Motor Control is defined here as the control of an electromagnetic motor and the associated systems which are required to make it work in a system. There is many different types of electric motors to be controlled. Here we focus on those that are of most interest in the home and light industrial environments and the issues that result from this.
- ● Brushed DC motors - limited life time applications
- ● Stepper motors - low power applications
- ● BLDC motors - fractional horsepower
- ● PMSM motors - fractional horsepower
- ● Induction motors - fractional horsepower
Today, unless energy efficiency is not an issue at all, the focus is on BLDC and PMSM electric motors because they offer lower lifecycle cost and more efficient operation. This has changed in the last few years as rare earth magnets actually reduced the size of these motors to make them smaller and therefore less costly than competitive motors.
Motor Control for these motors is unique though. Because commutation of the motor is electronic, the drive circuits must be electronically controlled to produce a rotating shaft with reasonable torque throughout the loading curve of the motor. The goal is generally to have a shaft velocity in RPM which can be controlled.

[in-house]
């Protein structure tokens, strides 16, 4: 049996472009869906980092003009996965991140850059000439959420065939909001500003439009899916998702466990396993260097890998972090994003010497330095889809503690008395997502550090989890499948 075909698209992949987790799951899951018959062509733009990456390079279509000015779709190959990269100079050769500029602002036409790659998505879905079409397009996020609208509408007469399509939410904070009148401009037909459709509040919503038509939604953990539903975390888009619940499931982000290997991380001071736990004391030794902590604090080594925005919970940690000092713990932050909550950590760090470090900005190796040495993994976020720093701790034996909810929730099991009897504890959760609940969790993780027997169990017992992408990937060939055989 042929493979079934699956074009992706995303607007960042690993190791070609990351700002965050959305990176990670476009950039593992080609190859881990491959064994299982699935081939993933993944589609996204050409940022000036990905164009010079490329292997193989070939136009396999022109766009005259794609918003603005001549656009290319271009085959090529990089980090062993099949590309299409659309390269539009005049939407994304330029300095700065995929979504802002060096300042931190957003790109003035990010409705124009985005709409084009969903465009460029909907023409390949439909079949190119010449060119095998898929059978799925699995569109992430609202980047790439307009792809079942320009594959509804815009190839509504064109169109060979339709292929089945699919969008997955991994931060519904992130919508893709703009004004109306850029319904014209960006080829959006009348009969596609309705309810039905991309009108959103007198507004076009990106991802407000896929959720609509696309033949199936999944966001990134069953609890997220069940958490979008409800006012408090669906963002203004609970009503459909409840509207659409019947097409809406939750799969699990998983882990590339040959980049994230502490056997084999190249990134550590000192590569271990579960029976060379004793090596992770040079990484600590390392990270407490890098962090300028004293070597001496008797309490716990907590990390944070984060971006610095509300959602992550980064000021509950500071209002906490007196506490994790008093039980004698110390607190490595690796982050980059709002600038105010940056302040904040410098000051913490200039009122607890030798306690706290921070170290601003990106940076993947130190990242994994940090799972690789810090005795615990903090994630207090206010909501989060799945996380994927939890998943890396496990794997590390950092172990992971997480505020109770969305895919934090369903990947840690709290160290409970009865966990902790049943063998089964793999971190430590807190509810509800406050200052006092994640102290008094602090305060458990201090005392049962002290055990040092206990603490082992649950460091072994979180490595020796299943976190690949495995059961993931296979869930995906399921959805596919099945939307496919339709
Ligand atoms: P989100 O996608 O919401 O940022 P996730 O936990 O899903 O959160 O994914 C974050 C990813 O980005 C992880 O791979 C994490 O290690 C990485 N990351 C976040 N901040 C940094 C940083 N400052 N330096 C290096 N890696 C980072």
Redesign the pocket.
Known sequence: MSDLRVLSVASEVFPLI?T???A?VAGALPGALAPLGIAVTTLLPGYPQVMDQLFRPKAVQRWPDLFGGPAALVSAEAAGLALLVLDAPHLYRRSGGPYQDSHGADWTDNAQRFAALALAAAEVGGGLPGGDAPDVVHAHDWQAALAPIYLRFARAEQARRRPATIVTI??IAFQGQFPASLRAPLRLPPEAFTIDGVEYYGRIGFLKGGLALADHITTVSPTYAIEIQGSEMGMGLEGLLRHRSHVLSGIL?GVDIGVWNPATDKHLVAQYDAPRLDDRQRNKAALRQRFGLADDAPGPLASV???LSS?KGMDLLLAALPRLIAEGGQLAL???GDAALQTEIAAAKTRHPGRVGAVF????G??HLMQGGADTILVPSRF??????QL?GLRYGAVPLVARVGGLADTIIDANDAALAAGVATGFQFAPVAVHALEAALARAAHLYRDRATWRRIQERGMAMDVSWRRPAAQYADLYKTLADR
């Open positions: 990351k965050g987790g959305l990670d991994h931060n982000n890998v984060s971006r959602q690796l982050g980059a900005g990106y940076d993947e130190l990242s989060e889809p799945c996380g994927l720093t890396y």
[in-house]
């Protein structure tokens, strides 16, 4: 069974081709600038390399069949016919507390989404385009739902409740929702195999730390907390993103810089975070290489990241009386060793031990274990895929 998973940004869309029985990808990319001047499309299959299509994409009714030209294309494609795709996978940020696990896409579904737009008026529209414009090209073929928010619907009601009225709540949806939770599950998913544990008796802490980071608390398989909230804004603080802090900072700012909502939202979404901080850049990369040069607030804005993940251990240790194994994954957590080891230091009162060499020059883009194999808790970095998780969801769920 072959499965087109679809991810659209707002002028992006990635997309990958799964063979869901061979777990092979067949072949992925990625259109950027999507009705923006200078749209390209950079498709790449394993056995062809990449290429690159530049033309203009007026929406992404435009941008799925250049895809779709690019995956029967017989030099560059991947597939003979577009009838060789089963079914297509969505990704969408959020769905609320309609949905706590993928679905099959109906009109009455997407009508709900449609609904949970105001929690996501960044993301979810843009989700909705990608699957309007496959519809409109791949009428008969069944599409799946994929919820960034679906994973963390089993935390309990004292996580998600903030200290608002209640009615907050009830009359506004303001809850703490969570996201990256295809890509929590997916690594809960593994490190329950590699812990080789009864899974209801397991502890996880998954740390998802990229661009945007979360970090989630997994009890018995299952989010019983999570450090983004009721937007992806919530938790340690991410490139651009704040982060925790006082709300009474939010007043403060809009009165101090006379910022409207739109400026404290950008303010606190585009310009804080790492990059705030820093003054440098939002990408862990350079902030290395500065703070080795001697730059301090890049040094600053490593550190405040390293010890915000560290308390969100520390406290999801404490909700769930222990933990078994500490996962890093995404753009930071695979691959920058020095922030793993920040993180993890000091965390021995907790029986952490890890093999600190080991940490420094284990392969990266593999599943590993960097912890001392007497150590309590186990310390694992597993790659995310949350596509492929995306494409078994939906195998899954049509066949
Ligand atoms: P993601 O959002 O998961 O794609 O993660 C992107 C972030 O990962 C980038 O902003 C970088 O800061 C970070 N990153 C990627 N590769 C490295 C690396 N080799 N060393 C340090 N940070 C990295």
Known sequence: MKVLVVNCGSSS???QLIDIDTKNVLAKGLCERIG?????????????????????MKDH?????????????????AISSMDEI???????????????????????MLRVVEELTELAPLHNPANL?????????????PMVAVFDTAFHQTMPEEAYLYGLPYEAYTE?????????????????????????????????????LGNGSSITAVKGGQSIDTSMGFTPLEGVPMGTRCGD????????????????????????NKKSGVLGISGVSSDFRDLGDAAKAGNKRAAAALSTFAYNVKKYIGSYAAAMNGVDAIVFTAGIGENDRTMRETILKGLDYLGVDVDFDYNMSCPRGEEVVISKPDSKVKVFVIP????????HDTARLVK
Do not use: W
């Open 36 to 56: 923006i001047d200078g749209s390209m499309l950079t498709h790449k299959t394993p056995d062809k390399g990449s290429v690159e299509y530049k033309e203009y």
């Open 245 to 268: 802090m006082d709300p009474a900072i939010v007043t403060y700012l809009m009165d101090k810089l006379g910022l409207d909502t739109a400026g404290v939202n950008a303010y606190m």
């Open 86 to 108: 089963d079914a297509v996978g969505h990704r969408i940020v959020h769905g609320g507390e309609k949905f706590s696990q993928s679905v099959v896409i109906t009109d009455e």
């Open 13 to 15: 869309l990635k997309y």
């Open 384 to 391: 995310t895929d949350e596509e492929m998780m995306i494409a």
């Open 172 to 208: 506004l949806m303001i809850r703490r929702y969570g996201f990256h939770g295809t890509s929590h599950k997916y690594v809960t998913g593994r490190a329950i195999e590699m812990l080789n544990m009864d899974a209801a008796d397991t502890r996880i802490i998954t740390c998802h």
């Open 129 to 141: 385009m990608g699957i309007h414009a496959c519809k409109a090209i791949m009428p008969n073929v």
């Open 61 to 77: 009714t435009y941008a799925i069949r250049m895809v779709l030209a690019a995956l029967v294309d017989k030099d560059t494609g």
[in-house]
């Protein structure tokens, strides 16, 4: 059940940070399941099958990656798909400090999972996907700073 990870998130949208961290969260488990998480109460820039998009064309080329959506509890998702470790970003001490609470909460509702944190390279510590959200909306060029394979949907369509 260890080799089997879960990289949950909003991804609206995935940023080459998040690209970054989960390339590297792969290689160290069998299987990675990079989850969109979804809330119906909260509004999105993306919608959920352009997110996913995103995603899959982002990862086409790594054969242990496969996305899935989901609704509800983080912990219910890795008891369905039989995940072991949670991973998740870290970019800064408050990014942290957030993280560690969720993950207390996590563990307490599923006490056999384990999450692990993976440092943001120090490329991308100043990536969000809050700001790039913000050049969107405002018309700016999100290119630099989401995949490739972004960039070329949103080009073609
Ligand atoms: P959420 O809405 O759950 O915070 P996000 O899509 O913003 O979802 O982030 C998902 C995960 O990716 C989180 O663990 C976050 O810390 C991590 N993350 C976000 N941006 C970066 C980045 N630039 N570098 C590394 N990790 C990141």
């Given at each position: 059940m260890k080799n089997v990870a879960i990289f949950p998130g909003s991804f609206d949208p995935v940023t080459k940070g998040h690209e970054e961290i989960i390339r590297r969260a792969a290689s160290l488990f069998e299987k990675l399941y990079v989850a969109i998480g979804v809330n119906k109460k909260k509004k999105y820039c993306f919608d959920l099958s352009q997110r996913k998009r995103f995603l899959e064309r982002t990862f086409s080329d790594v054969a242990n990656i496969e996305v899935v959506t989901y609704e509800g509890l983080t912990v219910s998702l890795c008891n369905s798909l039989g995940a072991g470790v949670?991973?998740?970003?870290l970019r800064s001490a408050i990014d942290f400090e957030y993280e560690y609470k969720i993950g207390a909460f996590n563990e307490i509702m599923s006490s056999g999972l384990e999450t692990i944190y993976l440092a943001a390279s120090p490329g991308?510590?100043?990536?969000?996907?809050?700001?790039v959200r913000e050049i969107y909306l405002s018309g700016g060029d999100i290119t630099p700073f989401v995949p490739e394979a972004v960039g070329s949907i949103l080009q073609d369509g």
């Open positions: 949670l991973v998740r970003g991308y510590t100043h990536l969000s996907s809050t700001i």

Velocity control of BLDC and PMSM motors is accomplished using a single PID loop in general. More advanced control schemes are required as users require less torque ripple or smoother operation and more efficient operation. Today most energy efficient systems use advanced vector or field oriented control algorithms to minimize torque ripple and maximize energy conversion.
DSPnano and Unison both offer motor control server software. It has a variety of options depending on the processors that it runs on. Both sensored and sensorless options are available in both six step (BLDC) and vector (PMSM) control versions
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